Good afternoon, Early Risers!
Here’s what you need to know
March Madness. What was supposed to happen: Last night, CBS was planning on taking its sweet time to announce this year’s NCAA men’s basketball tournament field. What actually happened: Within the first hour — of the two-hour special — someone leaked the full bracket on Twitter. Cue everyone (except Charles Barkley) clapping.
The future of bedtime stories. “When the company’s representative opens the book, it springs to life with animations that can be dragged off the page and then used to interact with nearby physical objects like a teacup or deck of playing cards,” says The Verge. Sony’s Future Lab just demoed a cool “Interactive Tabletop” at SXSW, using Lewis Caroll’s classic Alice in Wonderland. “Although its practicality right now seems limited, this kind of technology has huge potential. It’s not hard to imagine Sony’s device as an educational tool to turn novels or history books into animated interactive lessons.”
+ VR abs could be a thing. A Munich-based tech company invented a virtual reality abdominal machine. Their tagline is “We Make You Fly.”
Tighten your writin’. “Many of us have ended up writing and blogging for a career almost by accident. Now, in the early days of the Internet this did not matter much — indeed it almost was an ‘advantage’ to not be a professional. But times have changed and many leading blogs now employ professional writers and editors. So how is the ‘amateur writer’ but full-time blogger to compete? Two skills that will make a difference,” says Income Diary’s Anna Olinger. Must-read for bloggers today.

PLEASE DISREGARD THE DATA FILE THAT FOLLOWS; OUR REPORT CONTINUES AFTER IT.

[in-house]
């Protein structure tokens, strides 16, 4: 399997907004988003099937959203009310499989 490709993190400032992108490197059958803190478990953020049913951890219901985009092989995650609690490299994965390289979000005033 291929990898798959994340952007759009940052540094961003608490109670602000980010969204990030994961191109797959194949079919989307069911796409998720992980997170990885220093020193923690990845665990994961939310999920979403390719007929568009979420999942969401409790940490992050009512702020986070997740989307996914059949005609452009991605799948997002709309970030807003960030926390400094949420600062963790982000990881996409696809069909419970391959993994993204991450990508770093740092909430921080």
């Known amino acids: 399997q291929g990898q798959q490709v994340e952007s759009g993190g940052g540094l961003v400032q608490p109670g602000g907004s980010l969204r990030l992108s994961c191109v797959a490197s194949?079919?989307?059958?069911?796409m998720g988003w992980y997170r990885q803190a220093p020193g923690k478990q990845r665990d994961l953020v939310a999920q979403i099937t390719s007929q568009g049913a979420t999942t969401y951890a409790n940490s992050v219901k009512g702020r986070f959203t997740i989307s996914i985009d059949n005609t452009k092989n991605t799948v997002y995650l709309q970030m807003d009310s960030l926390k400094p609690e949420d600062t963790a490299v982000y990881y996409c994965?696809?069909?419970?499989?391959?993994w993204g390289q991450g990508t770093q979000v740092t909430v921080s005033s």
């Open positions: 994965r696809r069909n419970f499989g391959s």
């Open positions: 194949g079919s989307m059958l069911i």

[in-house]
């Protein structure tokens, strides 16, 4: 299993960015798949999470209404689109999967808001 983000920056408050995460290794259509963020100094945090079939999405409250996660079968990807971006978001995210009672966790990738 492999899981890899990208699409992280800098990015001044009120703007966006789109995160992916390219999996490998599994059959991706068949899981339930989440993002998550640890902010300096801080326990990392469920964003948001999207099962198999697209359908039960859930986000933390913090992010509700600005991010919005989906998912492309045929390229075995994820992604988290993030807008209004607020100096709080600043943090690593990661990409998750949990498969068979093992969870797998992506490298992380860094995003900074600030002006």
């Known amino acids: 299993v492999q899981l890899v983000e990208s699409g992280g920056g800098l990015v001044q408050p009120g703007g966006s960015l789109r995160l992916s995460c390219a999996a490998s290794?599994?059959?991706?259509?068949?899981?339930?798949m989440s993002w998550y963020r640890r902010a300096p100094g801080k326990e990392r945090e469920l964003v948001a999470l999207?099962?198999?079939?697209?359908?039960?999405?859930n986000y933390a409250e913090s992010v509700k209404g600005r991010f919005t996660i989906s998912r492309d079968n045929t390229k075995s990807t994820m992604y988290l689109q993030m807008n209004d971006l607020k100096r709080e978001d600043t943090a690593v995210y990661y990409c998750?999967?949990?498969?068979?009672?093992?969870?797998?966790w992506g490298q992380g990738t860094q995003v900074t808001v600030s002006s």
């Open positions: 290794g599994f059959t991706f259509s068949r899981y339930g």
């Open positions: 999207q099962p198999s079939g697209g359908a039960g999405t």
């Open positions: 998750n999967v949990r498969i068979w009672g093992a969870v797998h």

+ Finding the perfect blog-post image is easy now. Shutterstock launched a new feature called Reverse Image that uses AI to find royalty-free stock photos that closely resemble other photos that might not be free to use.
‘Let me run it by our Chief Spiritual Officer…’ Does your company have a CSO? By 2017, it might. Fortune says meditation is now a billion-dollar industry. “This year 22% of employers will offer mindfulness training — typically priced between $500 and $10,000 for large-group sessions — a percentage that could double in 2017, according to a forthcoming survey by Fidelity Investments and the National Business Group on Health.” Meditation is the new yoga.
What geniuses ate. Next time you’re running an interview, consider bringing soup. “Thomas Edison used soup as an interviewing tool. He had prospective job applicants taste while he observed them carefully. Those who seasoned the soup — with pepper, for instance — before tasting it were rejected outright. They had too many assumptions.” Eric Weiner author of The New York Times best-seller The Geography of Genius: A Search for the World’s Most Creative Places, from Ancient Athens to Silicon Valley wrote an article about what foods fueled history’s great minds. Think a shorter version of Mason Currey’s book Daily Rituals but with food.
Mastery > TV. “Research shows that ‘mastery experiences’ are also key to helping people recover from the workweek. So what’s that mean? Doing stuff you’re good at and trying to get better. Actively engage in a hobby, don’t passively sit on the couch,” says Eric Barker. Barker lists Mastery as one of his seven steps in his evening ritual. Hey Barker, what if you’re mastering watching House of Cards?
Daylight Savings is Literally a Joke
Yesterday, Ben Franklin was laughing in his grave at all those Snapchats you and your friends sent about how much you hate daylight savings time. According to Nat Geo, Ben Franklin was first to introduce the idea of daylight savings back in 1784 with a letter to the Journal of Paris.
In Franklin’s letter, he joked about how shifting our bedtimes so that we rise with the sun is one cost-effective way to save on candles. Two-hundred and thirty-two years later and this joke is still not funny. Sorry, Ben.
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